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Let’s make this (high-quality) School Choice Year

February 06, 2013 posted by Eric Lerum

School ChoiceWhat do we take away from National School Choice Week? Those who believe parents deserve to have options when it comes to their kids' education celebrated it across the country last week, with rallies from Los Angeles to Kansas City. At StudentsFirst, we were excited to see so many folks enthusiastically supporting that common-sense ideal.

Mostly, what we learned, however, is that a week is not enough. We could use a School Choice Year. As demonstrated by the StudentsFirst State Policy Report Card, a lot of states have a long way to go when it comes to increasing quality choices.

Eight states still don’t even allow for public charter schools. And many states that do allow them place restrictions on their growth or undermine their chances of success by not funding them comparably to traditional public schools. Currently, only 12 states have voucher programs that appropriately limit eligibility to low-income families, leaving far too many students in the rest of the country trapped in low-performing schools without a viable way out.

Focusing on growing the number of quality school choices should remain high on the agenda of any policymaker in 2013.

The word "quality" is key here. State leaders must make progress toward quality, both in terms of expanding the capacity of high-performing charter schools and also pushing hard for greater accountability. According to our State Policy Report Cards, nearly every state needs to do more to hold charters accountable for their students’ performance in a meaningful way.

Voucher program accountability is even scarcer. While we must encourage great private schools to participate in voucher programs, participating private schools should comply with reasonable regulations that ensure students accepting a voucher are learning, and that tax dollars are spent wisely. Not only will this help protect student interests by ensuring they’re making academic progress, but -- like with other choice options -- accountability serves to drive home an important truth: additional, new educational options for families must also be better options. Without accountability, who's to say we're not simply shifting the ills and failures of one school over another?

I'm encouraged by recent work in Indiana and Louisiana.

Last week in Louisiana, the Department of Education released a new application process for charter schools that will enable experienced operators to apply through an expedited process so they can open schools sooner in targeted, high-need areas. The state has set up a really cool dashboard that provides all kinds of information about the students and regions to be served to ensure that school operators come in ready and able to meet community-specific needs. Applicants will also be able to determine:

  • Potential number of students needing to be served, broken down by district and school, and by student subgroups
  • Academic needs of a given area, based on past academic performance, AP exam participation & success rates, etc.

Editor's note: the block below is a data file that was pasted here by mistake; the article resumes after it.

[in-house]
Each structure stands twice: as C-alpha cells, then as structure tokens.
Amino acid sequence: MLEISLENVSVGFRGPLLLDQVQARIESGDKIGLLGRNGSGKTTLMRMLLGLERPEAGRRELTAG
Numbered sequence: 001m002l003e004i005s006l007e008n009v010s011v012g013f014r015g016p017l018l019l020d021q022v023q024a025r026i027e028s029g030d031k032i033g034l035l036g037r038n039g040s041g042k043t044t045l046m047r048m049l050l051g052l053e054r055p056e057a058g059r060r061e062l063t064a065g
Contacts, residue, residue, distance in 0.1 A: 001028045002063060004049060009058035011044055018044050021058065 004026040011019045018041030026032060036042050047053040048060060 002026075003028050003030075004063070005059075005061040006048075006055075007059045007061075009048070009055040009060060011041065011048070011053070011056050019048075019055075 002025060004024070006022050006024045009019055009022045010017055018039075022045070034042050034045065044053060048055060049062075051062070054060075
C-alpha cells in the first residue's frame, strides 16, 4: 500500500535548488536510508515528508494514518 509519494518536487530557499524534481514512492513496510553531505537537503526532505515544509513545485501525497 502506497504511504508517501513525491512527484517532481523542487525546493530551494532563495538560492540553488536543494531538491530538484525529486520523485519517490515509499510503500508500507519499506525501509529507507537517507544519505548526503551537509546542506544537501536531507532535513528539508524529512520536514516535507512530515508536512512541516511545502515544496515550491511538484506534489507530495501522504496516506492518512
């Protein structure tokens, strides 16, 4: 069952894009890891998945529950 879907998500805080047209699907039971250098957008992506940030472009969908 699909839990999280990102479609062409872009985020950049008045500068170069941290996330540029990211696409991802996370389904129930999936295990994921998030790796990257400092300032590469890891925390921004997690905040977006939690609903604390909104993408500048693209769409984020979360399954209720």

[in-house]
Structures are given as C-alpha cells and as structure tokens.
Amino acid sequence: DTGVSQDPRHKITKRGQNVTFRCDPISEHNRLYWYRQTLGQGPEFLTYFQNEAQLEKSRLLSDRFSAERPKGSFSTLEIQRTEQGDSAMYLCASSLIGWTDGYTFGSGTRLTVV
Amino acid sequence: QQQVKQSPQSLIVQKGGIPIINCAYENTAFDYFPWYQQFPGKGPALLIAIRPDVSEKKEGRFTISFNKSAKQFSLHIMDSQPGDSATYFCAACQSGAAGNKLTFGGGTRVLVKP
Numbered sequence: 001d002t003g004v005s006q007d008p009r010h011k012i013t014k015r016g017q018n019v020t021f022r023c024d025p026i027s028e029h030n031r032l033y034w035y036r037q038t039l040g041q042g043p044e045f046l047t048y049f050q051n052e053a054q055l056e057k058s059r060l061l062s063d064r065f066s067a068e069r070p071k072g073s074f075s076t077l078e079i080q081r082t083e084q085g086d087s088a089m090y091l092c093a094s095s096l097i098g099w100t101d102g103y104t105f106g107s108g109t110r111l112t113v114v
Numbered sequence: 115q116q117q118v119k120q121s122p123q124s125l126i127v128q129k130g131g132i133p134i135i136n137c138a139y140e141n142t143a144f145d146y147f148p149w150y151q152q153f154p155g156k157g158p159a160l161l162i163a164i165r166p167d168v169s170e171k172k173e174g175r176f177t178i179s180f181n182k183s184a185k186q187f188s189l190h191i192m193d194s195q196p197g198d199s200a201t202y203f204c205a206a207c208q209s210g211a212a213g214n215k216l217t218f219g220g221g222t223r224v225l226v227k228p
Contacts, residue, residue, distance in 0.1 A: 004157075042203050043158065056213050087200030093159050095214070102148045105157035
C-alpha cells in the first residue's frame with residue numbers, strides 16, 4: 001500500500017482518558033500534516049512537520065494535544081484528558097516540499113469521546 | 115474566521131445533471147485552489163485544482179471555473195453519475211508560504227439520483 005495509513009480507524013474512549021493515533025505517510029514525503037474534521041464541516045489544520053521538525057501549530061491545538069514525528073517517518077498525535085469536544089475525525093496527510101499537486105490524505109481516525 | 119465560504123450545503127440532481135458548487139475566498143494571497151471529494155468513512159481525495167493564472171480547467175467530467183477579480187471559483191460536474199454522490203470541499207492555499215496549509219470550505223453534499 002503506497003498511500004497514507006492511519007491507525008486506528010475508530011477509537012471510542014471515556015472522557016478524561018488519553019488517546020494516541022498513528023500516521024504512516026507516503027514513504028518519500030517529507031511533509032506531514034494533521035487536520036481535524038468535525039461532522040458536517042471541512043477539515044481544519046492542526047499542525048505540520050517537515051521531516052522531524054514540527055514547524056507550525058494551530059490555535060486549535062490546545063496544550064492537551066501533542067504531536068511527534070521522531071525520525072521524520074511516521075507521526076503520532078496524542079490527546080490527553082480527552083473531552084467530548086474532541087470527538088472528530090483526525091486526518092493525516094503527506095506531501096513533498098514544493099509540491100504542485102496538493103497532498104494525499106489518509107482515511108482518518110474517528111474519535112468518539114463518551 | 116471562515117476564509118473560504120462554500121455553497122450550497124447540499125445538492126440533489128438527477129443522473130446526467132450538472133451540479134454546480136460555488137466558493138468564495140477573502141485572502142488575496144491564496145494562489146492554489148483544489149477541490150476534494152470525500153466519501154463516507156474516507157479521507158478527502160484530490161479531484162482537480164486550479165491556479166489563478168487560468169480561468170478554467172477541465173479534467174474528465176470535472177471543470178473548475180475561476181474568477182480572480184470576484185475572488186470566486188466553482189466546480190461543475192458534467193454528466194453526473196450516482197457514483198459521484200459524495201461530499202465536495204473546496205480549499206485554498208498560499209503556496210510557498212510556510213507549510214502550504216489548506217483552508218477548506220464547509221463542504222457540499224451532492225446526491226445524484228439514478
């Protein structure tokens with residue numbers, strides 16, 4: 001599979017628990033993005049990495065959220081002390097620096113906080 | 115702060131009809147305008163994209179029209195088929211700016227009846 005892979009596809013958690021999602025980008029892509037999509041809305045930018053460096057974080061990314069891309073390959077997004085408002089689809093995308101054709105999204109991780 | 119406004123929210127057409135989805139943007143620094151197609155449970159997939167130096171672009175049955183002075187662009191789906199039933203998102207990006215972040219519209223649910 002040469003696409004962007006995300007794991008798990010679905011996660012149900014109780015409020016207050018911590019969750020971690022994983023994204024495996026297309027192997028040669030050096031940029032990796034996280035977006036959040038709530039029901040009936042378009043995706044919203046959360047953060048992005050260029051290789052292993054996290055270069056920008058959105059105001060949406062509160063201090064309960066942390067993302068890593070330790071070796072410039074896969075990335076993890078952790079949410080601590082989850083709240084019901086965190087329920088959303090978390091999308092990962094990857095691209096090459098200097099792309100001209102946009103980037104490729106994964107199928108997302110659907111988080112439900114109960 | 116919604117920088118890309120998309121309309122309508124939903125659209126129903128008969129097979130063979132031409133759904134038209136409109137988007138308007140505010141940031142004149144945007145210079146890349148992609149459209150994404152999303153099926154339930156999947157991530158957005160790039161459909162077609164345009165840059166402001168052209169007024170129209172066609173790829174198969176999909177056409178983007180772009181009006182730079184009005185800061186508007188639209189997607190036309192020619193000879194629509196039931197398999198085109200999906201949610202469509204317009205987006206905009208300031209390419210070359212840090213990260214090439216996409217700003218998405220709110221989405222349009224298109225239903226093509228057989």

• Facilities availability
  • Workforce demand statistics

This kind of innovation, coupled with strong oversight for schools once they're open, is a great approach states can take to strengthen their school portfolios.

When it comes to voucher programs, finding the right balance of regulation that enables robust private school participation limited to high-performing schools is an important policy question. A recent study from the Thomas B. Fordham Institute, called "School Choice Regulations: Red Tape or Red Herring?," provides some data to guide decision-making. Among its findings, the report concluded that:

  • Regulations concerning student learning or high standards are not prioritized on the list of considerations for private school participation, where just a quarter of private schools cite state assessment requirements as very important in their decision about whether to opt into participation. Private schools tend to be more concerned about government regulations that deal with admission requirements or the schools’ religious activities.
  • According to Fordham, "only 3 percent of non-participating schools cited governmental regulations as the most important reason to opt out."
  • Rather than state-imposed accountability requirements, about one third of private schools opt out of voucher programs because of the lack of eligible voucher students in their area.

Which brings me back to Indiana and Louisiana. Both states -- with two of the largest voucher programs in the country -- are addressing the question of accountability for student results in slightly different ways. Indiana requires every participating private school, even those with just one voucher student, to administer the state assessment, while Louisiana has created a sliding scale of accountability based on the number of students enrolled in a given school. Neither program appears to be suffering from lack of school participation.

Most importantly, both states are focused on whether participating schools are getting results in terms of student outcomes.

Policymakers in other states should take note. The promise inherent in school choice is that parents won't just have other options, but that they -- and their children -- will have better schools from which to choose.

Topics: School Choice